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South Africa Family Safari: Luxury, Wildlife and Adventure for All

OVERVIEW

The South Africa family safari has long been a favored choice, and offers some of the continent’s best and most popular luxury safari experiences. Some of the most amazing wildlife is located a short drive from the airports, so you can easily go on safari for either a few days or an entire week.  Many lodges are designed to accommodate the special needs of families, and offer fun activities for children like petting zoos, cooking experiences and crafts.

WHAT WE LOVE

  • King's Camp: Located in the Timbavati Private Nature Reserve, King’s Camp is one of the only places in the world where you can see rare white lions in the wild. The "Big Five" (elephant, lion, leopard, Cape buffalo and black rhinoceros) and many other species are spotted here as well—pretty much on a daily basis. There’s even a waterhole on property, around which you and your children can observe elephants and impalas sipping and socializing from the cool, shady distance of the viewing deck. King’s Camp accepts children 6 and older, and for a true splurge book the Waterbuck Private Camp: a four-bedroom villa that comes with its own safari vehicle, ranger, butler and chef.
  • Royal Malewane: Situated within the famous Kruger National Park, Royal Malewane is the utmost in luxury and style for all family members. In addition to classic safari drives, children can get up-close and personal at the Moholoholo Wildlife Rehabilitation Centre, where animals and birds—including eagles, owls, vultures, wild dogs, lions and leopards—are nursed back to health. The lodge also offers a number of subdued activities, from safari bedtime stories, painting, and necklace beading for younger children, to guided bush walks and tracking activities for the older ones. There’s also a delicious and varied children’s menu, and travelers of all ages will thrill at the opportunity to take a hot air balloon over the African plains.
  • Jaci's Safari Lodge: Under-fives are not allowed on the regular game drives at Jaci’s, but no worries—Jaci’s actually offers daytime drives exclusively for kids, as well as a score of other activities from which parents are mostly banned (unless, of course, they agree to not “behave like adults”). Children at Jaci’s also get their very own menu, and families can choose to stay in one of the lodge’s full-service luxury tree houses—perched high above on solid wooden stilts—to give the kids a magical treetop safari experience.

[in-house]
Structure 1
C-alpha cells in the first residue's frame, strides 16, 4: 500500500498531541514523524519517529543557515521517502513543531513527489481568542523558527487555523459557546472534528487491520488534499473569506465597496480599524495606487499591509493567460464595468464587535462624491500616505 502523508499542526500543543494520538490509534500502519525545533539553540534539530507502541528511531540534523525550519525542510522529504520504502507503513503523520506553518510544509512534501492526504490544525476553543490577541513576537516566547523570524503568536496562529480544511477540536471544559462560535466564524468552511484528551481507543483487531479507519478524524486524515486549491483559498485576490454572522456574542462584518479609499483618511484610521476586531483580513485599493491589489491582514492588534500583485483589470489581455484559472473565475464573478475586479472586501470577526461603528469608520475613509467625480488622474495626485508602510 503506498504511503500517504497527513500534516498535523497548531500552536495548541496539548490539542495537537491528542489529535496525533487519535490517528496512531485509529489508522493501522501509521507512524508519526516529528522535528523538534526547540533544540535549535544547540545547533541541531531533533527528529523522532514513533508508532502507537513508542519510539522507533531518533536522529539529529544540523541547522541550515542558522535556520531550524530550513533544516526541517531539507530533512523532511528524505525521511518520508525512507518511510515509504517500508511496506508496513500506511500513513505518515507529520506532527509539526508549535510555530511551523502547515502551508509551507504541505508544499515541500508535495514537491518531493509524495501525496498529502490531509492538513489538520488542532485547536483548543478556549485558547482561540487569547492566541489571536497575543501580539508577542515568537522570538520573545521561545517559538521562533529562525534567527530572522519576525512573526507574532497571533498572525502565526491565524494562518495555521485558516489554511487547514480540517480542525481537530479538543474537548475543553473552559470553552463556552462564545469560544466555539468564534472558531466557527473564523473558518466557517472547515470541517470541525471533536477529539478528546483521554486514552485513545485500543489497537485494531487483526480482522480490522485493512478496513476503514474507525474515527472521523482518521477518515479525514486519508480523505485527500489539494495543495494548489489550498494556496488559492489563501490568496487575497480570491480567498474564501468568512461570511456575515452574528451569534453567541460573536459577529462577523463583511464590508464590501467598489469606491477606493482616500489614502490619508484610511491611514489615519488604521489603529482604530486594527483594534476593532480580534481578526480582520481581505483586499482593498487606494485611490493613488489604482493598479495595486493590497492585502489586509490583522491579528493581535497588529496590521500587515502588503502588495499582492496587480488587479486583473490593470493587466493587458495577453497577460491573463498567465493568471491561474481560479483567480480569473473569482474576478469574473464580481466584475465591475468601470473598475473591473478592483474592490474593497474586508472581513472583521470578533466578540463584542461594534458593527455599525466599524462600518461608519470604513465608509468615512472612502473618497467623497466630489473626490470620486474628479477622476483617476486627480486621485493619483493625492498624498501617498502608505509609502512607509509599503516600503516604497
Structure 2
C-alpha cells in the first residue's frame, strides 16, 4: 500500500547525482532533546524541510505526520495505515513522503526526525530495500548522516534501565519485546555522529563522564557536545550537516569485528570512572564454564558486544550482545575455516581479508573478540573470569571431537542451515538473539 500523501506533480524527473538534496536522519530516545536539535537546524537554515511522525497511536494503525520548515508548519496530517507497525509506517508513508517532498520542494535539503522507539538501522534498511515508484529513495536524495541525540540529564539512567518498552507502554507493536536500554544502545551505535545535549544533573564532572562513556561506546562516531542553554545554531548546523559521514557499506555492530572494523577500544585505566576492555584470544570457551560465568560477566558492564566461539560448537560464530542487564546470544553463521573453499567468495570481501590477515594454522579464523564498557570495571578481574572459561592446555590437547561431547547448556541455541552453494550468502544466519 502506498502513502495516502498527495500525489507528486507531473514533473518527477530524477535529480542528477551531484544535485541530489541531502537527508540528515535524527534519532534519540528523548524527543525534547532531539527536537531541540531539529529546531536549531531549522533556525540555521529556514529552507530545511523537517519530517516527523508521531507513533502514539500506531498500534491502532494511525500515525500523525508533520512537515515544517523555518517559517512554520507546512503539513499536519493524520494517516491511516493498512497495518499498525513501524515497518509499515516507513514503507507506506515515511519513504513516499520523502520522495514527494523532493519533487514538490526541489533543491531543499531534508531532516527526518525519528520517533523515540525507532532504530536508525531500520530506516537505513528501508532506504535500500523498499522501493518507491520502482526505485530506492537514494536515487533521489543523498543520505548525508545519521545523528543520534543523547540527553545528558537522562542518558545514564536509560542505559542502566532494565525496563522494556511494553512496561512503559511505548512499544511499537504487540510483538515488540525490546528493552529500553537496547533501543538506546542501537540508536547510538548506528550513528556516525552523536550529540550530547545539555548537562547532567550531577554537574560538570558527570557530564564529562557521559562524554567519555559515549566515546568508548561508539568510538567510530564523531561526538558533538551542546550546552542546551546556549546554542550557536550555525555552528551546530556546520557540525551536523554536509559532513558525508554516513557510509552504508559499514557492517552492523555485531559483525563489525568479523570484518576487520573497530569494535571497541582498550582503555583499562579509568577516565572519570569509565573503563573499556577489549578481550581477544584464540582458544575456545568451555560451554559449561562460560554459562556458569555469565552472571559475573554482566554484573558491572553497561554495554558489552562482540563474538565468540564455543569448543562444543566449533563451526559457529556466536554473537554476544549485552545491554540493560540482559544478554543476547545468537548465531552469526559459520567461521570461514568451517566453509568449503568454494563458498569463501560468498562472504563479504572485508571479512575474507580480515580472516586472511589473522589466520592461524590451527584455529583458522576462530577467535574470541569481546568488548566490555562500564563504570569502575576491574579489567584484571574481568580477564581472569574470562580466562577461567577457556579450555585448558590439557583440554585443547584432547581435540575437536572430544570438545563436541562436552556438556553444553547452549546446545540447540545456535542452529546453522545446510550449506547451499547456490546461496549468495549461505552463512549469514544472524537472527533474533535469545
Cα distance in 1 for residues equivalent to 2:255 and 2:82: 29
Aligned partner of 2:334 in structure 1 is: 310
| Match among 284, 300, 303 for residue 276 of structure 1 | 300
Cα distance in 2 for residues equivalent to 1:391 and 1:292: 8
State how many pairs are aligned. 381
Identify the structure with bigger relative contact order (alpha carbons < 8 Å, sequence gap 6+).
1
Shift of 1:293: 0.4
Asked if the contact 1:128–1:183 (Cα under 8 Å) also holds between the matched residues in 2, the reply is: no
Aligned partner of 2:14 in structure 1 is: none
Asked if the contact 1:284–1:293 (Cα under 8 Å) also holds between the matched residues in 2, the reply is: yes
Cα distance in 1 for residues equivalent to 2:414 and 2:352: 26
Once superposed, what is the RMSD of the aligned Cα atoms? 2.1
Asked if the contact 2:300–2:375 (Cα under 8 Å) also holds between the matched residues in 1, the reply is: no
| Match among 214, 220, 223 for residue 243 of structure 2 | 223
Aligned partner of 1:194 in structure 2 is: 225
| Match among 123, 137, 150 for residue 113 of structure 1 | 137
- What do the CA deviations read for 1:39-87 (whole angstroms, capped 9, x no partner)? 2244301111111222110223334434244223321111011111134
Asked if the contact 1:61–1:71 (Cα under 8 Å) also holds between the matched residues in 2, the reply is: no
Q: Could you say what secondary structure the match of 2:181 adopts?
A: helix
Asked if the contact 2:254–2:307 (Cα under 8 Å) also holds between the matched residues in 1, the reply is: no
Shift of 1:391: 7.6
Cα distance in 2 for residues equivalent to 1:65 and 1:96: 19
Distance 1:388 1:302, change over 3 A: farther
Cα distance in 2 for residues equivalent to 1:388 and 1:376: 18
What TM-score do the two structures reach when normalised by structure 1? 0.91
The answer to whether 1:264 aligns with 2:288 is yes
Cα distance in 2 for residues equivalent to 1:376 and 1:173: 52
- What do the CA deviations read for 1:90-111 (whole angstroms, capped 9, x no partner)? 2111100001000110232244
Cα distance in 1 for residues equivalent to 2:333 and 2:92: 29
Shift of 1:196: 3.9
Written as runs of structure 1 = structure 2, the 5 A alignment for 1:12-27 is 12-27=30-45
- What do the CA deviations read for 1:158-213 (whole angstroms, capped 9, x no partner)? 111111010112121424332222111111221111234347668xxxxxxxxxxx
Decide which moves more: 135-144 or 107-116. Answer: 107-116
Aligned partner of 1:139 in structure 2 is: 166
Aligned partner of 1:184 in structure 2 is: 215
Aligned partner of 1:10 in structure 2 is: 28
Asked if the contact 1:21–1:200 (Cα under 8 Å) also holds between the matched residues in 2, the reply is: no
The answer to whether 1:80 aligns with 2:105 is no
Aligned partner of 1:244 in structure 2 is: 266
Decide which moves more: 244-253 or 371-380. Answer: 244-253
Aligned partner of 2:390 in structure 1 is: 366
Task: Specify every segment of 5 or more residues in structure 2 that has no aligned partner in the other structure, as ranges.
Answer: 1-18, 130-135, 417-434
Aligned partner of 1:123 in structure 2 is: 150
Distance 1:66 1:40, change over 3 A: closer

• Jamala Madikwe Royal Safari Lodge: Lifted directly from the pages of an African storybook, the billowing white tents at Jamala Madikwe, cluttered with turn-of-the-20th century explorer’s gear, will transport your child into another era. While parents enjoy the exquisite food and trips to the spa, kids can play in the pool and explore the Lodge’s backyard—which is no less than the plains of South Africa, filled with exciting opportunities for encounters with wildlife.
  • Tswalu Kalahari: One of our favorite family friendly (and family-run) lodges, Tswalu’s Junior Ranger program has been carefully designed to meet your kids’ approval: every child is welcomed with a backpack full of guides and tools, as well as an opportunity to weigh in with staff on how they want to spend their time. Popular activities include archery (with handmade bows and arrows) and kid-specific bush walks that are fun and educational (though Tswalu is also one of the few lodges happy to include younger children on private game drives). Free babysitting is also available around the clock, and Tswalu does the children’s menu one better by letting kids help cook their own dinner!
  • Cape Town: Before or after your family safari, it’s definitely worth exploring Cape Town, Africa’s most family-friendly big city. There’s plenty to do for folks of all ages, from swimming with the penguins at Boulders Beach to visiting the Two Oceans Aquarium (with over 3,000 sea creatures) to a thrilling cable car ride up Table Mountain. Most of the city’s five-star hotels offer babysitting services as well so parents can go out and enjoy the city’s vibrant dining and nightlife scene after the kids are safely tucked in bed.

 

WHAT TO KNOW

  • Weather in South Africa varies according to region. The best time for game viewing in the north and central interior is during the cooler, dry months of May to October. Cape Town has is own weather pattern, and the best time to take advantage of the city's beaches and various outdoor activities is during the hot, dry season months of November through March.
  • Keep game drives short.
  • Keep plenty of drinking water and other snacks on hand.
  • Make sure to take regular bathroom breaks – before setting out and at every stop.
  • Bring children's binoculars and/or digital cameras.
  • Jamala Madikwe and Tswalu Kalahari (both noted above) are non-malaria parks and are therefore recommended for those travelling with small children. 
  • And, remember: for many kids—and adults—an African safari is a once in a lifetime experience. Don't rush: get out of the vehicle wherever and whenever it's allowed, don’t be afraid to linger at destinations, and stop whenever your child wants. Even if it’s “just another impala,” you never know when they’ll get the chance to see one again!